It sure as hell looks cool though.
This is where the actual useful gear is, right here, in the padded pouches department. Amazingly, no one has capitalized on the market of people who spend too much on flashlights, to create cases specifically for them — it will happen. For now, I’ve found a few good options.
Boker Plus Knife Vault Small
At just $25, this is an impressive pouch for what you get and I am glad this was recommended to me. This was designed for carrying knives, but easily carries many smaller lights. It has soft lining in each pocket and enough padding that your lights should hold up well. More than that it holds a bunch of stuff in a very compact and secure package.
All the openings are secured with velcro closures and wrapped in heavy nylon. This is a great buy, and where I recommend starting.
The Padded Organizer Pouches are fantastic little pouches for carrying a single light with perhaps an extra battery. What’s great about these is that they are really versatile, cheap, and easy to stash into gear. I didn’t know Tom Bihn made these, but they are fantastic.
Often I want to stash another light in a bag, say if we are going somewhere and I want to bring along a backup, but I don’t want to have to take up much space in the bag. This pouch works really well, and it also works really well for non-flashlight stuff too. These are aces, get a couple, toss in a light and an extra battery if you want — off you go. I’ll be traveling mostly with one of these for my lights.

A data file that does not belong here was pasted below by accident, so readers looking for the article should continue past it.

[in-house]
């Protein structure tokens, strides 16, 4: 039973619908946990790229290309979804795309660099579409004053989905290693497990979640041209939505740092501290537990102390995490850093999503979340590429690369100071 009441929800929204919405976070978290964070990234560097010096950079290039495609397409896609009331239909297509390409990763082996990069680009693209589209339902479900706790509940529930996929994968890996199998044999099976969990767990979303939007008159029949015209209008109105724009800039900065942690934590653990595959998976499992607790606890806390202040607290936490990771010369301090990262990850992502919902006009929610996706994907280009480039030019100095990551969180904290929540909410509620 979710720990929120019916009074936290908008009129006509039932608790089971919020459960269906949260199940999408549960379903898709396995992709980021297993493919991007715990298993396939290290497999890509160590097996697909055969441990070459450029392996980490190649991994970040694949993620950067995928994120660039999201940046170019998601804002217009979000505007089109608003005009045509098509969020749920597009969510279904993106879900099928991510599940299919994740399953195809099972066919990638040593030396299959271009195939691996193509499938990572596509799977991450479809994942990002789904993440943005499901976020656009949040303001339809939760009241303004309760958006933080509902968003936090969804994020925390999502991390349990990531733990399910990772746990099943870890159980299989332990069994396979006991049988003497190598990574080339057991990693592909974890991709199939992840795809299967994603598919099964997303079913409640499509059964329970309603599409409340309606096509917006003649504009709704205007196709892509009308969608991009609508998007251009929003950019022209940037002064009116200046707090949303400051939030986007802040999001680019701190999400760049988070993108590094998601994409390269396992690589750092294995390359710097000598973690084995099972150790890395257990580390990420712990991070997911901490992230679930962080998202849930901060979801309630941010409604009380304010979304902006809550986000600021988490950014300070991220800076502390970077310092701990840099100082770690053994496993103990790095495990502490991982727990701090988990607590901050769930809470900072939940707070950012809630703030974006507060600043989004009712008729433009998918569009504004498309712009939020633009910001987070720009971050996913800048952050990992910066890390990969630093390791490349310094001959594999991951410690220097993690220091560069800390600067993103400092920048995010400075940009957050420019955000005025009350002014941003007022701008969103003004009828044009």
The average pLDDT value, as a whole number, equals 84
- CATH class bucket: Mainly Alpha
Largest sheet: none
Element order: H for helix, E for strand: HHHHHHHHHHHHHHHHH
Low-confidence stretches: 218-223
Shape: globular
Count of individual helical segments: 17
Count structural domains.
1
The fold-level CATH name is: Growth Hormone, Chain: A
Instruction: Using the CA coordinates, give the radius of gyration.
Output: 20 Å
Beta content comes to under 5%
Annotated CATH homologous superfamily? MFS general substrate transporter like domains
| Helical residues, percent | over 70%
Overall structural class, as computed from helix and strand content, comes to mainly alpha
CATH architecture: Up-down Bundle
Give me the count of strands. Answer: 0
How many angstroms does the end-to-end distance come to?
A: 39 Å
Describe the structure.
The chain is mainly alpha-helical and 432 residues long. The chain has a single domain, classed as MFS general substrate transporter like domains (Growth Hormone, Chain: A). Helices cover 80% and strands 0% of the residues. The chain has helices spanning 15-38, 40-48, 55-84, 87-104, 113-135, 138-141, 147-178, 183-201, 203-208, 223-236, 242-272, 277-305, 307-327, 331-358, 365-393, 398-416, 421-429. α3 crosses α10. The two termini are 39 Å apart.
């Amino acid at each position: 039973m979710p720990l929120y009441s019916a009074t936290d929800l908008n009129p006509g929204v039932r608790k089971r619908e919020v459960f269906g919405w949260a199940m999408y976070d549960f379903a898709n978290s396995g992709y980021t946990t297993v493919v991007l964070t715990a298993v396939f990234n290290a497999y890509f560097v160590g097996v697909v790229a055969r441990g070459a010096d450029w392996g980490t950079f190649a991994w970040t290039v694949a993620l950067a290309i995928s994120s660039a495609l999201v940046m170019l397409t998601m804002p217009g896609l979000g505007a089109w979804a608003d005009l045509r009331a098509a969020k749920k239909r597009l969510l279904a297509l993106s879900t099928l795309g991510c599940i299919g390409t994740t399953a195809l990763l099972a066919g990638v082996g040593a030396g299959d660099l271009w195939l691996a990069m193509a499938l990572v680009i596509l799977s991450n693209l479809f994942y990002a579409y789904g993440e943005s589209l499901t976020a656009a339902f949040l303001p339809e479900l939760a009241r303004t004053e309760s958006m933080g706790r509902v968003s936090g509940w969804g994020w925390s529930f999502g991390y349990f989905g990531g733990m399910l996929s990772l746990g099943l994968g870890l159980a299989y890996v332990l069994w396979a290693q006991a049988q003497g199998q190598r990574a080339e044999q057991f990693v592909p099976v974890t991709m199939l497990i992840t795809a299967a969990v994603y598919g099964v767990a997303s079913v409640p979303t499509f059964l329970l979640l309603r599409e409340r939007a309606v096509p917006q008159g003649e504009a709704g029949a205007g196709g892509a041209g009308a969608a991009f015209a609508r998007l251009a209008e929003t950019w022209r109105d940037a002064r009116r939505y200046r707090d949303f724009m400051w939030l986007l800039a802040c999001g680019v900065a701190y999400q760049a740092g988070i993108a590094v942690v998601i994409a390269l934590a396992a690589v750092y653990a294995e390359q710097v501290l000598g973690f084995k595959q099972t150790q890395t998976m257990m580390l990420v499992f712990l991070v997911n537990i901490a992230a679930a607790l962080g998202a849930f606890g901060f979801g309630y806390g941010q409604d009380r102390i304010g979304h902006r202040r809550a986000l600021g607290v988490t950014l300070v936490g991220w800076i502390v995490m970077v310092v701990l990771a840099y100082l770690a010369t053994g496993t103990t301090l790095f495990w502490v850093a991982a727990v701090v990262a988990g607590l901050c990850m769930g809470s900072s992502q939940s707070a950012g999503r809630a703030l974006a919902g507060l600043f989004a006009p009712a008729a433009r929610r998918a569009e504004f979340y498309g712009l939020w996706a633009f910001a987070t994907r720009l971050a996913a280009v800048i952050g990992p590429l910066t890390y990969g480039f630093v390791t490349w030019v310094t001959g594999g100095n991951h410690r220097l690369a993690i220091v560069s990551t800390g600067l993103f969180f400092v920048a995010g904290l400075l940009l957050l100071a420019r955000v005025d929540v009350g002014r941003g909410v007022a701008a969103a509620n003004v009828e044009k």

These lights both fit if I angle them in, and they still don’t bump into each other.
I am looking at grabbing a larger one, and then stitching a vertical line down the center (as I did above) so that it get two compartments: then I can carry a light and batteries vertically on each side. I’ll report back when I do this.
Triple Aught Design S2
The Triple Aught Design S2 Pouch are designed for carrying lights and they work very well for it, but with caveats. The first being that these pouches are designed to be attached to something, that doesn’t mean you can’t store a light inside a bag in one, but you are better off with the Tom Bihn pouch if you don’t want to attach a light to something.
The good news is that these attach really well to MOLLE/PALS webbing and really any 1” webbing strap. So the internal MOLLE panel on the GR1 just became a prime space for storing lights in pouches. I find that most of my roughly 1” diameter lights fit in this pouch well. Unfortunately these have not been in stock for a while, so you’ll have to head to the used market, or find something similar on the bevy of tactical gear websites out there. If I am planning on being out with a bag hiking, these are my choice as they add to the utility of the gear, while still protecting the light.
What I have found that doesn’t work well: drawers without organizers, and large Pelican cases. What I would really like to find is something a little wider than the Bisley, but about on part with the rest of the dimensions for my house. And for travel: I’d love something like the Lochby Quattro, but for 1” lights — four lights seems ideal to me, overkill, but ideal.
Note: This site makes use of affiliate links, which may earn the site money when you buy using those links.